It has been more than a year since I first read Rebecca Deng’s beautiful autobiography, What They Meant for Evil. My Facebook post from October 2019 reflects my eagerness to share this title with the world. “I was given an advanced copy of this book, but didn’t get around to reading it until Saturday night. Once I started, I could not put it down. It is a remarkable account of a “Lost Girl” from Sudan and all she survived before (and after) being accepted as a refugee. Her faith was unshakeable and her story an inspiration. As one of my kids complained their turkey was cold, I shared a little bit of Rebecca’s story to remind them of how truly blessed we are. I will be ordering a copy for myself so if you want to borrow it, let me know!”
Unfortunately, my advanced order from Amazon was cancelled and I’ve not yet looked into a new source. Officially released September 8, 2020, I strongly recommend this title for anyone who would like to expand their worldview as it provides a remarkable firsthand account of a historical atrocity that we only heard about on the news.
From the Publisher:
One of the first unaccompanied refugee children to enter the United States in 2000, after South Sudan’s second civil war took the lives of most of her family, Rebecca’s story begins in the late 1980s when, at the age of four, her village was attacked and she had to escape. What They Meant for Evil is the account of that unimaginable journey. With the candor and purity of a child, Rebecca recalls how she endured fleeing from gunfire, suffering through hunger and strength-sapping illnesses, dodging life-threatening predators-lions, snakes, crocodiles, and soldiers alike-that dogged her footsteps, and grappling with a war that stole her childhood.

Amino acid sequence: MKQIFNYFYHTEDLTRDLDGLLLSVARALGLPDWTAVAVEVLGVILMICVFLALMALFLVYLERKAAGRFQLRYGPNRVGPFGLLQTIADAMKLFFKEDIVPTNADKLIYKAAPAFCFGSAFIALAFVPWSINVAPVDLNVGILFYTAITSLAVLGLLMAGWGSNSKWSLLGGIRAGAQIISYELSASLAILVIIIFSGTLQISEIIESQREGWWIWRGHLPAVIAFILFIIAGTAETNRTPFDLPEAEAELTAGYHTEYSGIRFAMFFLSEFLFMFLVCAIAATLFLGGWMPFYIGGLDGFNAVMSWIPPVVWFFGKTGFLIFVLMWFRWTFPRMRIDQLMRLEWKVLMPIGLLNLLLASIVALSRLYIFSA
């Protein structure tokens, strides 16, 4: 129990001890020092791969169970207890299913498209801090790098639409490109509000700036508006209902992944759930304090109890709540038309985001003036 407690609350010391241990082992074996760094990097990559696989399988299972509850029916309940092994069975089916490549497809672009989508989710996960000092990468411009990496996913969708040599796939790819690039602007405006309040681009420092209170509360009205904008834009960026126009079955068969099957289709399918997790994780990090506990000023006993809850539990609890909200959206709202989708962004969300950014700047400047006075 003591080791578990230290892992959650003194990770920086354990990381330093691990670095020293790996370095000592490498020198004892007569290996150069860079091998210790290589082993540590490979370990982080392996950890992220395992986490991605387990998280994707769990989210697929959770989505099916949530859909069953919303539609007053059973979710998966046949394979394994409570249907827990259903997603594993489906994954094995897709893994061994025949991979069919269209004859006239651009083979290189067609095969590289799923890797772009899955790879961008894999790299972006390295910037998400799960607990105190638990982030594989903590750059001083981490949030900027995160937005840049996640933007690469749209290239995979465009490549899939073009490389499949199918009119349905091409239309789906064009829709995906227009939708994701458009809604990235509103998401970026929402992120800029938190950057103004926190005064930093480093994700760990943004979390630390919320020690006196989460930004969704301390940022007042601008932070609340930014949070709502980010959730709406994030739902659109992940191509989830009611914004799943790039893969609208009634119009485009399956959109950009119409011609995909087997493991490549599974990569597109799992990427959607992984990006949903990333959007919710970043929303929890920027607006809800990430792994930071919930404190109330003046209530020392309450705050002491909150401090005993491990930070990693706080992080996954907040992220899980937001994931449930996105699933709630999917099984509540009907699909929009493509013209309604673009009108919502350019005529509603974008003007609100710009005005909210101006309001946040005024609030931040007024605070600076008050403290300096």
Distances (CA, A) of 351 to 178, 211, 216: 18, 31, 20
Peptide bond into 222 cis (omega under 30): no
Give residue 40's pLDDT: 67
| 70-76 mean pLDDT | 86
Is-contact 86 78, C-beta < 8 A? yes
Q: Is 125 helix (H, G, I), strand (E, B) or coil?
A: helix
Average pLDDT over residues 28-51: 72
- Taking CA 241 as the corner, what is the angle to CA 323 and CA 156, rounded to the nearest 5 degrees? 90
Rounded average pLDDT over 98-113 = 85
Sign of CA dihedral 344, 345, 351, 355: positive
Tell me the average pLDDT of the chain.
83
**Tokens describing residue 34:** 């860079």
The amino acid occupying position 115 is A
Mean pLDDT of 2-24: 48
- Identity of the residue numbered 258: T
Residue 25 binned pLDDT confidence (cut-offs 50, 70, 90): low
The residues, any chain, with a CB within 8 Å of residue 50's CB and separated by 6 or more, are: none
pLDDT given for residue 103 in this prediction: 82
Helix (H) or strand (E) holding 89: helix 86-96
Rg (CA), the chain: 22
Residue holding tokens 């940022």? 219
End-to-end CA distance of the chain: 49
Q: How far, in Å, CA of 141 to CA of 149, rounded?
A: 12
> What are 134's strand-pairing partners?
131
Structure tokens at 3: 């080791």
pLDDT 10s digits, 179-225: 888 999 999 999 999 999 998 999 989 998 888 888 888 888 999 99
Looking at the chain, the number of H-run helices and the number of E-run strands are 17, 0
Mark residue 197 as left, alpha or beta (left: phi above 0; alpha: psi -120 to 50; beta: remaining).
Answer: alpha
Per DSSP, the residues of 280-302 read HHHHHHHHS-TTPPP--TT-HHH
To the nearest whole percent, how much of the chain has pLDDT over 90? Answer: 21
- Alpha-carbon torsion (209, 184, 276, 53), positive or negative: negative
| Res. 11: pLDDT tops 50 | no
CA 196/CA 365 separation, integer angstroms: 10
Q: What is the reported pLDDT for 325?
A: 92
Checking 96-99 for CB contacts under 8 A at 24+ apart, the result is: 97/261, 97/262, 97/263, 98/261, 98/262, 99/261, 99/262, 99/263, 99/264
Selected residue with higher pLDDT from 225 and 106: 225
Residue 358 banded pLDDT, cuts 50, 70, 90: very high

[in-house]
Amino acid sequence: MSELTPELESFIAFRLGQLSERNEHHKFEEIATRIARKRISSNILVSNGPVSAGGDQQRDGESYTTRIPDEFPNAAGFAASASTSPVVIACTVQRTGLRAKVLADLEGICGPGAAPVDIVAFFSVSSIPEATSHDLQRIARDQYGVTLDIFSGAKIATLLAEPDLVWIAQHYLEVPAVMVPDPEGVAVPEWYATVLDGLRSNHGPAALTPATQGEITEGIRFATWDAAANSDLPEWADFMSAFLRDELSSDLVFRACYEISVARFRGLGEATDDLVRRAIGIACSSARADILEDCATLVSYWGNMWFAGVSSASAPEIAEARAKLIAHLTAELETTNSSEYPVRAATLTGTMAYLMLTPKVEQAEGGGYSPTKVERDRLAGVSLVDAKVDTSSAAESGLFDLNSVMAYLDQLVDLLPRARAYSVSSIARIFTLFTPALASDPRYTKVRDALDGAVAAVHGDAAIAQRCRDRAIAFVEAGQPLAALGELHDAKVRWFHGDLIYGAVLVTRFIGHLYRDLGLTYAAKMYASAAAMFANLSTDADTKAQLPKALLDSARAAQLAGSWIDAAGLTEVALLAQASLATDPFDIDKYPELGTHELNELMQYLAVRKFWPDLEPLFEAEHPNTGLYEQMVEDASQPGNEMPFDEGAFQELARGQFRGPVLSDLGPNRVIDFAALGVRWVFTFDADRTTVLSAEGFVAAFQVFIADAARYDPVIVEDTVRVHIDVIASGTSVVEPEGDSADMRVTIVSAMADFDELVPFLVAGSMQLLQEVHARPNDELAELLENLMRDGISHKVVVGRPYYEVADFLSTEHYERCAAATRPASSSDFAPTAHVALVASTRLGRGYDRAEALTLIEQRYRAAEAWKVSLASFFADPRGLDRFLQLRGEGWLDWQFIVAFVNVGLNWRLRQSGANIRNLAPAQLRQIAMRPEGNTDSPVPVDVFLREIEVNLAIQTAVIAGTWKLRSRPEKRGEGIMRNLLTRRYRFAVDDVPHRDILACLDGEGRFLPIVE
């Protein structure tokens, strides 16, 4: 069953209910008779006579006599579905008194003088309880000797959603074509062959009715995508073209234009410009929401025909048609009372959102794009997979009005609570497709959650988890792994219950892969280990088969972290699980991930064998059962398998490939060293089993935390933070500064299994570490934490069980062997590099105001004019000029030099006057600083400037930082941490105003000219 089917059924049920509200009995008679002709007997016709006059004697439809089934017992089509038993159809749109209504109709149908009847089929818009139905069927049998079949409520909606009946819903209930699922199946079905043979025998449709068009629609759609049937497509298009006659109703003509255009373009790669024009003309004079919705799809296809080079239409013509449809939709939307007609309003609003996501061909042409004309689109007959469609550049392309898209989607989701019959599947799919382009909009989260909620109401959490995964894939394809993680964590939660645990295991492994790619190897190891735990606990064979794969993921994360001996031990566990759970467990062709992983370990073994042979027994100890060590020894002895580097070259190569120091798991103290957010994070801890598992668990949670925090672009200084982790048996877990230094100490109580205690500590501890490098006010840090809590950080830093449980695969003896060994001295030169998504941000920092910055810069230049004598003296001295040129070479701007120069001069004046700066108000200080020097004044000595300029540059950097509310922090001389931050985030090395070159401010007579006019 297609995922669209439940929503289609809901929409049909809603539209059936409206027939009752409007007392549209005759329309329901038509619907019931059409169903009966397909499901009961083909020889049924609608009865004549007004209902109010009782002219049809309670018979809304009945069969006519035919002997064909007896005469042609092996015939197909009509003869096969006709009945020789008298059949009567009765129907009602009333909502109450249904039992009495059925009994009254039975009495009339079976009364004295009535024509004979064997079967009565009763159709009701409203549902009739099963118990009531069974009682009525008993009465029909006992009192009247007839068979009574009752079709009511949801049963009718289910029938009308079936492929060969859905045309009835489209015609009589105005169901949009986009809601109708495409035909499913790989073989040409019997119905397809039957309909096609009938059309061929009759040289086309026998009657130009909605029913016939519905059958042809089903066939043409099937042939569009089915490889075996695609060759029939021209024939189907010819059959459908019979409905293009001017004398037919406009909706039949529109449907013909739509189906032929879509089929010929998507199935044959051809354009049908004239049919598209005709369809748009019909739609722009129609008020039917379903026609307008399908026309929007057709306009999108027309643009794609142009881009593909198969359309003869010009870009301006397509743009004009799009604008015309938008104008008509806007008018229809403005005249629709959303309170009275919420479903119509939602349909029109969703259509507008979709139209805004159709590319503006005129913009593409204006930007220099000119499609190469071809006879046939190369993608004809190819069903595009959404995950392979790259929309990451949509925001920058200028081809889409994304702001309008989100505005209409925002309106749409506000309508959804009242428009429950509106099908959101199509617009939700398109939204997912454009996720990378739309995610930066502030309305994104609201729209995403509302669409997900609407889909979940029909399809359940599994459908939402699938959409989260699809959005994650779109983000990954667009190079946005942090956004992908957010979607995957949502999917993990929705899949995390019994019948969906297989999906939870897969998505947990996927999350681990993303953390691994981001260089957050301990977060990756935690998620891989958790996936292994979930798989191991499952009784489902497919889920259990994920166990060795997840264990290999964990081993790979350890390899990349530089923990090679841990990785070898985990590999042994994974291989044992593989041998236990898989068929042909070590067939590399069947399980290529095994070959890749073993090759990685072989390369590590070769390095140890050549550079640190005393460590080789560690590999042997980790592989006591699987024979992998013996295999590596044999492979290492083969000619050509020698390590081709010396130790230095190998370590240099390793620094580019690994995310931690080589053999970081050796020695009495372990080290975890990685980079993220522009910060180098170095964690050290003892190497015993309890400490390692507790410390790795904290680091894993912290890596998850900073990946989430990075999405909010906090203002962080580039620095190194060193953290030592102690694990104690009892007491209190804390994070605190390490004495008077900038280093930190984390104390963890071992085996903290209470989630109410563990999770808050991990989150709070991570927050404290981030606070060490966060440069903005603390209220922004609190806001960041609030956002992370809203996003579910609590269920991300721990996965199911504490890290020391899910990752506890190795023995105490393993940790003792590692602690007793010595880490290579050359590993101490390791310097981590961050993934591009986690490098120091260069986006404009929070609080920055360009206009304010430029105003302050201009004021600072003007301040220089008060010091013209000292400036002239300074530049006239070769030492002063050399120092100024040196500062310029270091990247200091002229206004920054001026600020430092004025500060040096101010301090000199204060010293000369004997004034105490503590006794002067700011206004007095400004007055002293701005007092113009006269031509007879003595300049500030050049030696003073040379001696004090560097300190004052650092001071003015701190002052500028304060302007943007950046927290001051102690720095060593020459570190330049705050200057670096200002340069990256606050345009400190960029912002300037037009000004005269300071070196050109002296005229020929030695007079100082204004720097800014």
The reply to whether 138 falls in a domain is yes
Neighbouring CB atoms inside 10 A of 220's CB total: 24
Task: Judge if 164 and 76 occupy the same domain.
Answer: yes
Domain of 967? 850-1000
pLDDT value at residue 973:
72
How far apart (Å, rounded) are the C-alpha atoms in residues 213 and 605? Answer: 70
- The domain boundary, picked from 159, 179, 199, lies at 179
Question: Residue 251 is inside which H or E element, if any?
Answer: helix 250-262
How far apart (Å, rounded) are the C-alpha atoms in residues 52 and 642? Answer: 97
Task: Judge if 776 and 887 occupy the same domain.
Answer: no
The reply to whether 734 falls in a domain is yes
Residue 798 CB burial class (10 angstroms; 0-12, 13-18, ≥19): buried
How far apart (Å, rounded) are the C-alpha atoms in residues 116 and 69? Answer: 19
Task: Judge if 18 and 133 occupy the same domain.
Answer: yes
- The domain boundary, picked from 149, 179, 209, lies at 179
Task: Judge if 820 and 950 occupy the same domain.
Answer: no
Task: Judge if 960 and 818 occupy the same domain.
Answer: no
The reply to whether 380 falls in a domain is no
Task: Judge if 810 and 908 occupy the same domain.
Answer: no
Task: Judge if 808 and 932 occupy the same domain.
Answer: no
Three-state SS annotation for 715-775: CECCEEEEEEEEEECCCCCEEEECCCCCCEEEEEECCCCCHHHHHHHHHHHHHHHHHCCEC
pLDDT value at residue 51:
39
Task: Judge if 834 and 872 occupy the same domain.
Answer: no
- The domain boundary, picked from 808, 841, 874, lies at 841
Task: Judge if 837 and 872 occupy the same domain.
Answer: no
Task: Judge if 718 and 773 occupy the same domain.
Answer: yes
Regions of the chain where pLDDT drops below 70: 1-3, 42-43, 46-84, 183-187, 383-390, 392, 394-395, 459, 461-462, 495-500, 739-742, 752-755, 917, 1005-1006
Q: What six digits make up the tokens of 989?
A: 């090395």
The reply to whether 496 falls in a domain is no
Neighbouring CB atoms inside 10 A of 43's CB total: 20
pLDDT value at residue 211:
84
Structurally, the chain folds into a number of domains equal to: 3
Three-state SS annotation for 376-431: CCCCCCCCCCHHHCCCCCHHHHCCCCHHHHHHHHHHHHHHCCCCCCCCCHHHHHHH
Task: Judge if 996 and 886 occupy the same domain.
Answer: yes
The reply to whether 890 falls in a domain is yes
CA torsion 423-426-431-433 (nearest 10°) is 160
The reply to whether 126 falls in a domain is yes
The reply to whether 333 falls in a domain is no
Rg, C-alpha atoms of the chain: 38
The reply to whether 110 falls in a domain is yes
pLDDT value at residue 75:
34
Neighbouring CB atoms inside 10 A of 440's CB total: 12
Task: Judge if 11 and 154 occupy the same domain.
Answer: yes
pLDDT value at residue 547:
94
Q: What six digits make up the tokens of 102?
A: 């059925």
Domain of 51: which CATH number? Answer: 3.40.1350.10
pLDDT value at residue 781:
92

Her story is a lyrical, captivating portrait of a child hurled into wartime, and how through divine intervention, she came to America and found a new life full of joy, hope, and redemption.
Deng’s writing is descriptive and beautiful, painting a brightly woven tapestry of heartbreak, sorrow, hope, and healing. I don’t know how anyone could read it without being moved by her story – her strength, her brokenness, her light, her voice. Candid and captivating, she doesn’t shy away from the darkness encountered in her journey, but leads you carefully by the hand as you take every step with her. Rebecca Deng is a beacon of purpose and peace as she shares her incredible history without bitterness.
My thanks to the publisher for the complimentary copy of this title via NetGalley. I will be purchasing when I can locate a supplier in Canada. If you have any leads, please tip me off in the comments.